Anyone who gets massaged regularly probably has specific areas of their body that they relish receiving a soothing touch. For some, it’s the stress relief from holding tension in their shoulders, while others enjoy having the kinks worked out of their backs.
People who type on computers all day no doubt love having their hands rubbed. And those folks who are constantly on their feet can attest to enjoying a good foot massage. But don’t confuse this type of massage with reflexology. The latter has its own unique set of benefits that may surprise you.
Massaging the Feet
If it seems like your feet never get a break, it’s because they probably don’t. They are the first part of you to touch the floor each day and the last part of you to crawl into bed at night.
A foot massage improves circulation, provides muscle stimulation, reduces tension, and can provide pain relief, according to Harvard Medical School.
During a typical Swedish massage, your therapist will probably pay some attention to your feet. The arch, heel, and ball of the foot are all prime candidates for treatment. But those few minutes of foot TLC don’t come with the same focus and purpose of reflexology.
What is Reflexology?
Reflexology is a science that delves into the theory that the feet and hands contain reflex areas that correspond with organs, glands, and other body parts, according to the International Institute of Reflexology. Proper stimulation of these reflexes can naturally aide health problems.
Reflexology isn’t a new modality. It is believed to have been practiced by the Egyptians around 2330 B.C. Reflexology was modernized in the 1930s by Eunice Ingham, specifically involving the feet. Ingham’s form of reflexology – the Ingham Method – mostly involved relaxing tension while improving nerve and blood supply.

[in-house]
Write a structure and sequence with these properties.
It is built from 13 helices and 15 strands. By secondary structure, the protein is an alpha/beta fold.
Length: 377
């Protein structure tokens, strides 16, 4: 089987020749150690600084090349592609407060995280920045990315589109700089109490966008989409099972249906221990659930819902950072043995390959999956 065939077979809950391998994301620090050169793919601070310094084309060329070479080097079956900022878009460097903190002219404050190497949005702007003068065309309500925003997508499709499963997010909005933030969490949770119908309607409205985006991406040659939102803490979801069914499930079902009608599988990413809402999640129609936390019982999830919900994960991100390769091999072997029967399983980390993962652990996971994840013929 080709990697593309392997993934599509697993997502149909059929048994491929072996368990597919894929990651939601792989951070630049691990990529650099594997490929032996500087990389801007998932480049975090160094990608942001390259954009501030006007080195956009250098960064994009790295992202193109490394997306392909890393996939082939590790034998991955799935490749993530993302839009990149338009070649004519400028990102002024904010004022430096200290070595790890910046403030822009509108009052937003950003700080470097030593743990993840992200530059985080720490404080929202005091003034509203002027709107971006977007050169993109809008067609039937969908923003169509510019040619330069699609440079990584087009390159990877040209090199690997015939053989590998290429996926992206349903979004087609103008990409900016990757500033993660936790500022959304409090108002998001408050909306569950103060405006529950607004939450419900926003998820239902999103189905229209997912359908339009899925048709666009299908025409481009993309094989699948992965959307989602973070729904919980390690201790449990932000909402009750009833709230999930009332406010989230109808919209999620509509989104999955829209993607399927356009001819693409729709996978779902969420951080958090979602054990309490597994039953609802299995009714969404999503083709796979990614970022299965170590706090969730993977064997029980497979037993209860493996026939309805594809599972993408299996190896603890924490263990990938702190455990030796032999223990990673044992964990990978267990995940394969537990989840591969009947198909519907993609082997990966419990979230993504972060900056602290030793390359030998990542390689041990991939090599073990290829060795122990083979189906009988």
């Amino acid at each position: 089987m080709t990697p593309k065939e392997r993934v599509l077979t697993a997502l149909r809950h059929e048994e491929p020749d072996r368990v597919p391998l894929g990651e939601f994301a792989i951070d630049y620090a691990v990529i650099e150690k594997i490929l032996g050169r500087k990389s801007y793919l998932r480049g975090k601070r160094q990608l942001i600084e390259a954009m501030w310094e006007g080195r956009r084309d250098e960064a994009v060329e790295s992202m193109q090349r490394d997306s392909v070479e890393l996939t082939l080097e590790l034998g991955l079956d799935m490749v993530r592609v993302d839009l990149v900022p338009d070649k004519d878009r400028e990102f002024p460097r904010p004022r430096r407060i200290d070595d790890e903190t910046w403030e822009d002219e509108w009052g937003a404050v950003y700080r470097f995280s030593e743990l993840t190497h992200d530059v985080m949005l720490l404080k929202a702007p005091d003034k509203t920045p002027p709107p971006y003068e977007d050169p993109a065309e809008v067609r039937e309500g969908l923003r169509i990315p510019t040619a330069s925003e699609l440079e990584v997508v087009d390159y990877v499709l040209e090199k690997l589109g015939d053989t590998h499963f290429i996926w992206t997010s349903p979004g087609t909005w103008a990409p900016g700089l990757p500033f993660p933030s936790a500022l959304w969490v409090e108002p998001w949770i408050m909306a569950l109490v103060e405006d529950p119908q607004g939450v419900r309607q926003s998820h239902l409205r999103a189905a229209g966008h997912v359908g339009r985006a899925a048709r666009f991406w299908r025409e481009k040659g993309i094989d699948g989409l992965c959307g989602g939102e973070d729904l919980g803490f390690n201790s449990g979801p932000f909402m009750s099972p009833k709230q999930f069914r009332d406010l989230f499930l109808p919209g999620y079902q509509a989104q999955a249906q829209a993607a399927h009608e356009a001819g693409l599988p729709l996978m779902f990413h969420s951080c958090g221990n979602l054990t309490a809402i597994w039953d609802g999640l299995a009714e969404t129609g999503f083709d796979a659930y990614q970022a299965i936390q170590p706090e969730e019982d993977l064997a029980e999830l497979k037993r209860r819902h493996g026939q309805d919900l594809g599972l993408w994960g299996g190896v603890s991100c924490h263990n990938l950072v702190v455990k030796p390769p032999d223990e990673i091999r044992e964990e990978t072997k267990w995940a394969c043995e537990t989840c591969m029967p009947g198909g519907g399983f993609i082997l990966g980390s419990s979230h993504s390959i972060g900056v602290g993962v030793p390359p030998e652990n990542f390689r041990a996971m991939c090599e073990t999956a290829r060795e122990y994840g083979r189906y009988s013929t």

Benefits of Reflexology
The University of Minnesota published an article detailing that, through a series of studies, some of the benefits of reflexology include pain reduction, enhanced relaxation, and reduced levels of anxiety and depression.
A summary of those studies led researchers to believe that it can increase blood flow to kidneys, decrease blood pressure, lower anxiety levels, and reduce pain.
Individual studies showed reflexology possibly having positive benefits on patients with specific health issues.
Anxiety: Lowered anxiety in varicose vein surgical patients and also in postmenopausal women.
Cancer: Improved multiple quality of life categories, including appetite, breathing, communication, concentration, fear of future, mood, nausea, pain, and fatigue. Breast cancer patients developed a noticeable pain decrease.
Diabetes Type 2: Reduced pain and improved glycemic control and nerve conductivity in patients.
Multiple Sclerosis: Lessens fatigue in women who suffer from MS.
Pediatrics: In infants that suffered from acute pain, reflexology helped to lower heart rates, increase oxygen saturation, and shorten crying periods. In children who suffered from chronic constipation, reflexology helped to increase the number of bowel movements while reducing constipation symptom scores.